My colleague Maureen Fiedler is correct when she notes that the issue confronting President Obama is whether or not faith-based organizations should be able to discriminate in hiring based on religion with moneys received from the federal government. Otherwise, why would be discussing the matter? And, she raises the issue of such monies being used to proselytize but that is a separate issue.
Proselytizing should not be permitted in social service agencies run by the Church. On the other hand, recall President Obama’s speech at Notre Dame when he spoke about how moved he had been by the witness and the word of Chicago’s Cardinal Joseph Bernardin. The President saw a man who lived his humanity differently because of his encounter with Christ. Was that proselytizing? The courts will doubtless have to draw lines here about what is and is not permissible and I suppose they won’t get much more accurate than Justice Potter Stewart’s definition of pornography: “I know it when I see it.”
Nor should government funds be used for agencies that only assist members of a given religion. A drug therapy center needs to help anyone who comes to its doors. If that drug therapy center is a Catholic institution, it can sustain its Catholic identity no matter who it helps. Someone once asked Cardinal James Hickey why the Archdiocese of Washington was spending so much money on inner city schools that helped mostly poor, non-Catholic children, and he replied, “We don’t help the poor because they are Catholic. We help them because we are Catholic.”
“Because we are Catholic.” I do not know how you maintain that sense of Catholic mission, of Catholic identity, if your entire staff is made up of non-Catholics. Unlike the issue of proselytizing, the government has an interest in social services being provided to our society’s needy. If the government chooses to give funds to a Catholic organization because of the services it provides, that does not mean the government should be entitled to tell us whom we can hire. Only those who are excessively concerned about a “wall of separation” would see this as a breach of the First Amendment.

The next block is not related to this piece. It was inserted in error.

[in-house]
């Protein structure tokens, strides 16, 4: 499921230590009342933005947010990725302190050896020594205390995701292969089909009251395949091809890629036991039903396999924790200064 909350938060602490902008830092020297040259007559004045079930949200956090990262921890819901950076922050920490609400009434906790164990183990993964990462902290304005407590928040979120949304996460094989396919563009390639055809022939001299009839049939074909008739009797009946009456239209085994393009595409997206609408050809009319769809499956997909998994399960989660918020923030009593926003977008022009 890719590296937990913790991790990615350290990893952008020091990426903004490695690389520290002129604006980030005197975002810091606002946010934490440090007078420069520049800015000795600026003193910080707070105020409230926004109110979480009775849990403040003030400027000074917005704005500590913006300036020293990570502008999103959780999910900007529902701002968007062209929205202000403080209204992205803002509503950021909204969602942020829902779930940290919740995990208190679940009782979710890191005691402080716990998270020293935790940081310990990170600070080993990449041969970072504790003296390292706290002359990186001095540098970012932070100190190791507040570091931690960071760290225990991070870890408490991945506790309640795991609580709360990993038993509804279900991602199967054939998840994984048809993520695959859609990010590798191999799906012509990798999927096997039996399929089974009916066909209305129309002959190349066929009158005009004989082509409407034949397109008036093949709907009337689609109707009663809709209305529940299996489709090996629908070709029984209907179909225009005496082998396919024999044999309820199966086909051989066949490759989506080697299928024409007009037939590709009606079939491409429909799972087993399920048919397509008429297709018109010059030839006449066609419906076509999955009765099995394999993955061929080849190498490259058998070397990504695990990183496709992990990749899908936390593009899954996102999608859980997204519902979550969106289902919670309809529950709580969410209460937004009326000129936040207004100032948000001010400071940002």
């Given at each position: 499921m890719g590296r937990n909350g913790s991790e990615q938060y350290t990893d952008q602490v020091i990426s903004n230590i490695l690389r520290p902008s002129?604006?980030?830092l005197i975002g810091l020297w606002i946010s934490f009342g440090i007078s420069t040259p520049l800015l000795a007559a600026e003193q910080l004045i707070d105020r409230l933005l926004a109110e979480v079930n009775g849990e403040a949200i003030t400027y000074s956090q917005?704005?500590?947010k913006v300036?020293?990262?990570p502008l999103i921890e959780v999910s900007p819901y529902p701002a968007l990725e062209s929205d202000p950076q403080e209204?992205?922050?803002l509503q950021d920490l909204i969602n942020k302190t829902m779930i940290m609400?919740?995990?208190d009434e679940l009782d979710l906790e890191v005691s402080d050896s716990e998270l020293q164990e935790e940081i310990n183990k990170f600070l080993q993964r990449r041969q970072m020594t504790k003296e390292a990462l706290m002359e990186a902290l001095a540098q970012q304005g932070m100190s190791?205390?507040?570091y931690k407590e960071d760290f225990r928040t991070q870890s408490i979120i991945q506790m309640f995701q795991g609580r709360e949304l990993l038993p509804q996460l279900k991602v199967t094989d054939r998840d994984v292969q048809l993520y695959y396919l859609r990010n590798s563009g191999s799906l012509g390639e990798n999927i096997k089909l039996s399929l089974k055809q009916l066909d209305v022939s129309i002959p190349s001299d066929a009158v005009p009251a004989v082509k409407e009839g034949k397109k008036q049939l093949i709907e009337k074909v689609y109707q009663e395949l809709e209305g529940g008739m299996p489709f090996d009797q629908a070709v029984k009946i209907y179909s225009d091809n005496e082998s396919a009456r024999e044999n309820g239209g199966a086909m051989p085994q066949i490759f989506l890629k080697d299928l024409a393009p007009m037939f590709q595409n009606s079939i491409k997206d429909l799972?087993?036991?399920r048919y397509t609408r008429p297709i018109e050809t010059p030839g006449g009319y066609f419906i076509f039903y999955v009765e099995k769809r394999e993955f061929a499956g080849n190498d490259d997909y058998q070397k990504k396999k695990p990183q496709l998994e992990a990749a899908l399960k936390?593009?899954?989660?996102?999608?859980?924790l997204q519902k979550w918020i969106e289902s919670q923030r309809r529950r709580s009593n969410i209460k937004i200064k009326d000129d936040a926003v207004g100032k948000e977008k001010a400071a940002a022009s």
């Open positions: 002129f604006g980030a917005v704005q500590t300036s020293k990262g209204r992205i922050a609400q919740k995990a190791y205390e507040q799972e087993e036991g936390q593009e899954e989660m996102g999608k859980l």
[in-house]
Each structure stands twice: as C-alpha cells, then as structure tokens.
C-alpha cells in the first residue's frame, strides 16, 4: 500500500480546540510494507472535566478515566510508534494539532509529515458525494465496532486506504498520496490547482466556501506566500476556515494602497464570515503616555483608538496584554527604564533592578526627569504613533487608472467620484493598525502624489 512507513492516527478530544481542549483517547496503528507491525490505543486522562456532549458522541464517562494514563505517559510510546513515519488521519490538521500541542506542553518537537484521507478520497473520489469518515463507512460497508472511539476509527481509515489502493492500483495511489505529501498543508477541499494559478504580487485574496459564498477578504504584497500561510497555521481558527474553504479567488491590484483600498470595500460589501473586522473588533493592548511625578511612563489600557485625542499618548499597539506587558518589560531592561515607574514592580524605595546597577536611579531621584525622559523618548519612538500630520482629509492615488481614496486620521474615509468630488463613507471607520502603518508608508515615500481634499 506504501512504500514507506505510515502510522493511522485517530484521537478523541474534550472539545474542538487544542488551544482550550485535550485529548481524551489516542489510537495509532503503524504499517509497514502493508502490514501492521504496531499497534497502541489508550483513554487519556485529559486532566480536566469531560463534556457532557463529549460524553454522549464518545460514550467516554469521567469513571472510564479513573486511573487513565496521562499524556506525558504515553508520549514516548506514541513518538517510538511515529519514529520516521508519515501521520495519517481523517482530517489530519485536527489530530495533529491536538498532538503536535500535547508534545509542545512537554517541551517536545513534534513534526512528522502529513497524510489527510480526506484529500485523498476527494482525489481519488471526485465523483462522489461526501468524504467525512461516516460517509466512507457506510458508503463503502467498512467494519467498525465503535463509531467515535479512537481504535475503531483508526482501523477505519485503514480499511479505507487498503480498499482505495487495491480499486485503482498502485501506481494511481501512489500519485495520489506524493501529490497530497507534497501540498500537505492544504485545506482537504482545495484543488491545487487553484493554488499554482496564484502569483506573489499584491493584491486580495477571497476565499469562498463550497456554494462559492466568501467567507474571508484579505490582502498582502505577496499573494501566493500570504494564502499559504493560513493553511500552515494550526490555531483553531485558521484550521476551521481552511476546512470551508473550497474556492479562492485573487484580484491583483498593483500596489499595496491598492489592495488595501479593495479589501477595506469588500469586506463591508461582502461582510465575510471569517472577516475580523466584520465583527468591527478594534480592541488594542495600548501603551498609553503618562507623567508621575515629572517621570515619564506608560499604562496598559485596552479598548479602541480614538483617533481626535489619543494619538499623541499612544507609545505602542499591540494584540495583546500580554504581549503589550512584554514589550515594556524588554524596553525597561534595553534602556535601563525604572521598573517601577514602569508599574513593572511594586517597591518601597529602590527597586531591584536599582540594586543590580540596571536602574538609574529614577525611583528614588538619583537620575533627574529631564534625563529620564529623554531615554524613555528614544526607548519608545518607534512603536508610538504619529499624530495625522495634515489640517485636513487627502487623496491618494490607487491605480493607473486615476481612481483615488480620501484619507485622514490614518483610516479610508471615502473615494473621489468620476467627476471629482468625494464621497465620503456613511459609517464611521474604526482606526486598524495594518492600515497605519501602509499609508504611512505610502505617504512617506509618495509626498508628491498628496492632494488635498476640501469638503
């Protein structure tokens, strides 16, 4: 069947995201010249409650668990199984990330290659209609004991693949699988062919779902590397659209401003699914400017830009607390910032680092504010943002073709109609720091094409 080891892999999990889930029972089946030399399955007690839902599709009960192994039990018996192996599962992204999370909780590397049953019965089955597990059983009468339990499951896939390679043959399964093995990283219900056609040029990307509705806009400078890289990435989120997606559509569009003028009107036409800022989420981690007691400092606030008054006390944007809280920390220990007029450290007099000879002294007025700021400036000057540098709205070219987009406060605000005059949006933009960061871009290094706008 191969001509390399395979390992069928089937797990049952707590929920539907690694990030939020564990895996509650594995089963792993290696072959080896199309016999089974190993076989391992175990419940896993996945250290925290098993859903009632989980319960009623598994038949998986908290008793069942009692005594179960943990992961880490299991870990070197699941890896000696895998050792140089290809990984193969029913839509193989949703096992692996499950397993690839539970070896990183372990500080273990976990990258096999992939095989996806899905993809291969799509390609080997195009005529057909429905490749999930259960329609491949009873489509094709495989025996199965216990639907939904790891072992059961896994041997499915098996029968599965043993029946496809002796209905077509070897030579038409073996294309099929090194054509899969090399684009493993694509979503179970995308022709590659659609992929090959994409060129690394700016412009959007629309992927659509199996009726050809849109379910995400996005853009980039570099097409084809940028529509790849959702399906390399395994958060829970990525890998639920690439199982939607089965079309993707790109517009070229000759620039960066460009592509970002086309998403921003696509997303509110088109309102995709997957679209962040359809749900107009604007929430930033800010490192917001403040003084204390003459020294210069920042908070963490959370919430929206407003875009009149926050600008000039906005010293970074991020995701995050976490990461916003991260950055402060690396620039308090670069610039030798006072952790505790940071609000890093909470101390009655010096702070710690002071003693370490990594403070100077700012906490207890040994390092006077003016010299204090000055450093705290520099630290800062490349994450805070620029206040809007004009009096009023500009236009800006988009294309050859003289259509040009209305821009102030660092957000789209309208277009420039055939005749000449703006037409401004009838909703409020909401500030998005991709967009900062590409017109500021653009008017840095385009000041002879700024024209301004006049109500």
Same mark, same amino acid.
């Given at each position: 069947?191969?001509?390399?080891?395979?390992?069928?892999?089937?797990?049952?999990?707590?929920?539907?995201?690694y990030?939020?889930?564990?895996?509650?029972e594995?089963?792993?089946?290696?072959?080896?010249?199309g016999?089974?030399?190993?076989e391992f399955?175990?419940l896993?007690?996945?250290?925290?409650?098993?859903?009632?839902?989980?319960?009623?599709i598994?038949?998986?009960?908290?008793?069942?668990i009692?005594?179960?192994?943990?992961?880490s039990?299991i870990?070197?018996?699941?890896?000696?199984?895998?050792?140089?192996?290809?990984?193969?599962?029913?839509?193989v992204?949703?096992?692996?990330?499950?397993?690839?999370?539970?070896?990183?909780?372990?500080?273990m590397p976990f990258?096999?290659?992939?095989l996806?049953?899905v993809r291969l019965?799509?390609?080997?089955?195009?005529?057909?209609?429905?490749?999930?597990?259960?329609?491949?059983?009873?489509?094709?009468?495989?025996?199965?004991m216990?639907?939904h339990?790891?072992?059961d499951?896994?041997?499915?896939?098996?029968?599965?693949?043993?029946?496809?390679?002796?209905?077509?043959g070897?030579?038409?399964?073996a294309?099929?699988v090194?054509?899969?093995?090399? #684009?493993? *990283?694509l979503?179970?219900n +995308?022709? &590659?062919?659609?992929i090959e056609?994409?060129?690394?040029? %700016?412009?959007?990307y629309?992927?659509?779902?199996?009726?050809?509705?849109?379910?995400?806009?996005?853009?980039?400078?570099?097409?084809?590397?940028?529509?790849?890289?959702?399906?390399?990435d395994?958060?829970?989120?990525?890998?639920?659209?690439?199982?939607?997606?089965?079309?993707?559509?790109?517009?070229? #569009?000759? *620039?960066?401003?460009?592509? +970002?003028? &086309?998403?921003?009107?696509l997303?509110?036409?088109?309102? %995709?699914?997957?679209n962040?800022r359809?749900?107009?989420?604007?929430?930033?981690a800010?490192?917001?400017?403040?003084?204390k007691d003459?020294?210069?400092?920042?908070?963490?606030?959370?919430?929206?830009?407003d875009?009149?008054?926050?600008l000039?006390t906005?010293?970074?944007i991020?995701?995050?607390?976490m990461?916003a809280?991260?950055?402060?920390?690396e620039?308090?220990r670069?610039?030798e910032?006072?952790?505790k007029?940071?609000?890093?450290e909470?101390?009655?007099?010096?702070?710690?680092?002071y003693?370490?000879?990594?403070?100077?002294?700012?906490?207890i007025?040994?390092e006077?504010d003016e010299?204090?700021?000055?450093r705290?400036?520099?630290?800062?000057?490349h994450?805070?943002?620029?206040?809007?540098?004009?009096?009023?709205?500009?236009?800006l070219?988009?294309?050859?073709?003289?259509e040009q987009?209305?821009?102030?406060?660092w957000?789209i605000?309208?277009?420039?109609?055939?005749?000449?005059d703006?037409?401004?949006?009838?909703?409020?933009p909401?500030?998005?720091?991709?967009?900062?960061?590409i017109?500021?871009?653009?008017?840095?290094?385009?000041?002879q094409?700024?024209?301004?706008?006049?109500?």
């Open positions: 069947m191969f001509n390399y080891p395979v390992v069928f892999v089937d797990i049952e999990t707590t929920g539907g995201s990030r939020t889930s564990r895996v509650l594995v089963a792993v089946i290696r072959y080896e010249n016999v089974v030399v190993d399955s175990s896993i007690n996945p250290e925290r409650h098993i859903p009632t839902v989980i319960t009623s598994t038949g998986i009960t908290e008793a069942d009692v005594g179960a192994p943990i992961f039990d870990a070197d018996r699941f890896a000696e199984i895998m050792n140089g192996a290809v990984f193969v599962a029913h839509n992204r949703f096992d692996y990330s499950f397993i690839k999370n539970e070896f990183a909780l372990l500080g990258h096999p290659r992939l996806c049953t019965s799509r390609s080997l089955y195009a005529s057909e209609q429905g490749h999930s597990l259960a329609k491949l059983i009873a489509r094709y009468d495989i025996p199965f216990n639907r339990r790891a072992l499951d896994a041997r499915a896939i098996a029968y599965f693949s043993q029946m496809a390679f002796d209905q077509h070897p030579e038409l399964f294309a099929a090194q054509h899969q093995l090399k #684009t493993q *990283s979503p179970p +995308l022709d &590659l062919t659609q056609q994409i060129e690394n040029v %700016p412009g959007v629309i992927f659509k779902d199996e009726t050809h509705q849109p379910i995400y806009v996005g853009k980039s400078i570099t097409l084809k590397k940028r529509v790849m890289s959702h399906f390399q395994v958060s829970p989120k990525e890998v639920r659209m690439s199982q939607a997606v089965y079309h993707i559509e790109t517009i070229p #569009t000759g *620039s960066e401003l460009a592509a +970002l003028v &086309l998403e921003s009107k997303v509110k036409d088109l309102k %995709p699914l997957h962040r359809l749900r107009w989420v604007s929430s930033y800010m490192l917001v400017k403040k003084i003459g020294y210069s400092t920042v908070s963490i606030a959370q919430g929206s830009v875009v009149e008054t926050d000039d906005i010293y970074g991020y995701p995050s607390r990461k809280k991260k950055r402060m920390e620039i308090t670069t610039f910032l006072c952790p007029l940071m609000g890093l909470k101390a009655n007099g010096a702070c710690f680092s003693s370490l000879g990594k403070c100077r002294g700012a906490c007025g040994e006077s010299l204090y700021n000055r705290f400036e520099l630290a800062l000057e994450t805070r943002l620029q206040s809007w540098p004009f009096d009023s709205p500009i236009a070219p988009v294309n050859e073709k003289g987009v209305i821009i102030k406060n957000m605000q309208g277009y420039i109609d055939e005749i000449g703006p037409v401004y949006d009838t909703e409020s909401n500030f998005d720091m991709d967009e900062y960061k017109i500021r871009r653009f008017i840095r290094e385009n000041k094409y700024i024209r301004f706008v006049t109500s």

The issue is mirky, I admit. Either the government will discriminate against religious organizations by denying funding or those organizations will, over time, cease to be meaningfully religious. What is hard to admit is the idea that jobs like counseling or working in a soup kitchen are, as Fielder writes, “neutral – religiously speaking.” I think one of the central points of Pope Benedict’s magnificent encycylical Caritas in Veritate was to point out the way our concern for others is integral to our faith. We are compelled to help the poor by reason of our faith. A Catholic social service provider may be efficient, it may be effective, it may alleviate suffering and do a lot of good, but unless its work springs from a shared faith commitment, it is not meaningfully Catholic.
The government can help us or not with its moneys, but it is hard to see how refusing funds to a Catholic social service provider because it is Catholic is not also a violation of the First Amendment. Putting the adjective “Catholic” in the title of the organization does not guarantee its Catholicity. Check out “Catholics for Choice.” Our ministries to the poor and the needy in our society are not just an exercise in do-gooderism. They are prayerful continuations of the healing ministry of Jesus.